Magashule still has a few Aces up his sleeve
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Johannesburg - The ANC under President Cyril Ramaphosa faces a major backlash for its decision to suspend Secretary-General Ace Magashule, from the biggest party region in KwaZulu-Natal and supporters of North West suspended ANC MP and former premier, Supra Mahumapelo.
On Sunday, Mahumapelo lodged a veiled attack against the ANC top leadership for its decision to suspend Magashule, saying the move was in conflict with the Constitution, which says you are innocent until proven guilty.
Magashule was served with a suspension letter on Monday last week, following charges of fraud and corruption having been laid against him in the Bloemfontein Magistrate’s Court in November last year.
In March this year, the ANC NEC urged all those senior members charged with criminal offences or corruption to step aside or face suspension. The party gave all implicated individuals 30 days to step aside, but Magashule and ANC MP and former State Security Minister Bongani Bongo failed to comply with the order.
The two were served with suspension letters on Monday last week. Two days later, Magashule also served ANC president Cyril Ramaphosa with a letter of suspension, saying he had also been named in acts of wrongdoing, but the ANC NEC rejected Magashule’s letter.
Magashule and Bongo were also barred from participating in the NEC meeting over the weekend, in a clear show of support for Ramaphosa’s leadership.
Leaked audio from the virtual NEC meeting revealed that former president Thabo Mbeki also urged members to seriously consider the submissions made by Limpopo Premier Stan Mathabathe and ANC Women’s League leader Bathabile Dlamini and secretary-general Meokgo Motuba about the state of the ANC. Mathabathe raised the issue of hatred among ANC members within the party.
“Comrades in the ANC hate each other more than they hate the enemy or the opposition,” Mathabathe said. He asked the party to consider holding a retreat for two or three days to deal with the differences with the party.
Mbeki said the ANC must discuss whether there was still an organisation called the ANC. Mbeki urged his fellow NEC members to take to heart the comment made by Mathabathe and the Women’s League duo. Dlamini and Motuba were adamant that the ANC “was about to collapse”.
Despite Magashule’s absence at the meeting, his supporters lodged a fightback inside the virtual NEC meeting by calling for a discussion on Ramaphosa’s purported “suspension”.
Leading the charge was the ANC’s Dakota Legoete – a close ally of Magashule – who urged Ramaphosa, in another meeting clip leaked to the media, to be the leader of the ANC and not “president of a faction”.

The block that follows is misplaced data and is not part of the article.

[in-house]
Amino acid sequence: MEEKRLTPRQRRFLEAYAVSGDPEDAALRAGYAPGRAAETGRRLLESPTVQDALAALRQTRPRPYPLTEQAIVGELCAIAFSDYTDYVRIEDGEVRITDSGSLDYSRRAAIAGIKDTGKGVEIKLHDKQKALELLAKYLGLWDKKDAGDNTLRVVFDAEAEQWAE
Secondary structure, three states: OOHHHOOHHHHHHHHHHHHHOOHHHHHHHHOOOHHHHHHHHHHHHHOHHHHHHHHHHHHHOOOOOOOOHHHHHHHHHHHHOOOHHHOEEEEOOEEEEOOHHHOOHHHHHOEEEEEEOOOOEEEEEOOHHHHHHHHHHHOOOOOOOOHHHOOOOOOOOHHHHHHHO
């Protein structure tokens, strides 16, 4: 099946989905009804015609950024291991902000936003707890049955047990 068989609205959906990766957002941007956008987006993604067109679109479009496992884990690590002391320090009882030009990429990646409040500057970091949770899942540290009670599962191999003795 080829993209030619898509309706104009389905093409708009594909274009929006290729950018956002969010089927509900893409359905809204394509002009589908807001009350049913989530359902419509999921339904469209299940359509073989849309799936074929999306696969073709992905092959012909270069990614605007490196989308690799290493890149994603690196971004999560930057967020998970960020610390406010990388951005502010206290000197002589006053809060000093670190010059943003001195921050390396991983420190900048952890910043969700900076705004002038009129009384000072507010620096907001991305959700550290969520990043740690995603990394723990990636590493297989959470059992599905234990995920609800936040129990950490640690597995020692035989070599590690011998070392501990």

Legoete said that many people in the ANC were facing corruption.
“I think the matter of the suspension letters must be made clear when we leave this meeting. The other point that I think we have reached is that this NEC will become a liability to the nation and the structures. Narrow factions are not helping the movement,” said Legoete.
“I want to propose to provinces, regions and branches that we must either consider Rule 29 of the constitution of having a special conference. That’s because we have reached a point where we are not dealing with proper service delivery despite the pandemic, jobs, investments and infrastructure roll-out. We are stuck. If some of us are not prepared to repent and help the movement, move forward, then we must go for a special conference and apply Rule 29. We can’t continue like this,” he said.
Mahumapelo and 68 branches of ANC in eThekwini region on Sunday sang from the same hymn sheet. They shared Magashule’s sentiments that every cadre accused of, or reported to be involved in, corrupt practices should account to the Integrity Committee immediately or face disciplinary committee processes.
In his address to the North West Pastors’ Forum, Mahumapelo was very critical of his party’s decision to suspend Magashule, asking what it would do if Magashule was acquitted in a court of law.
“Some of the ANC’s resolutions taken at the national conference are in conflict with the laws of the republic. Let us not judge them while facing charges in court. What will happen if they are acquitted on all charges against them?” Mahumapelo asked.
He was accompanied by various ANC leaders in North West and members of the ANC Youth League in Ngaka Modiri region.
In KwaZulu-Natal, 68 branches lodged a twin campaign in favour of Magashule and Zuma.
In their statement, read by Ntando Khuzwayo, the chairperson of the Gedleyihlekisa sub-region, they called for the disbandment of the ANC's NEC.
Khuzwayo said that most ANC members in their region were calling for the reinstatement of Magashule, or otherwise for the ANC NEC to be disbanded.
They also vowed to resist any attempts to arrest Zuma, even if the Constitutional Court made such a judgment following his refusal to appear before the Zondo Commission.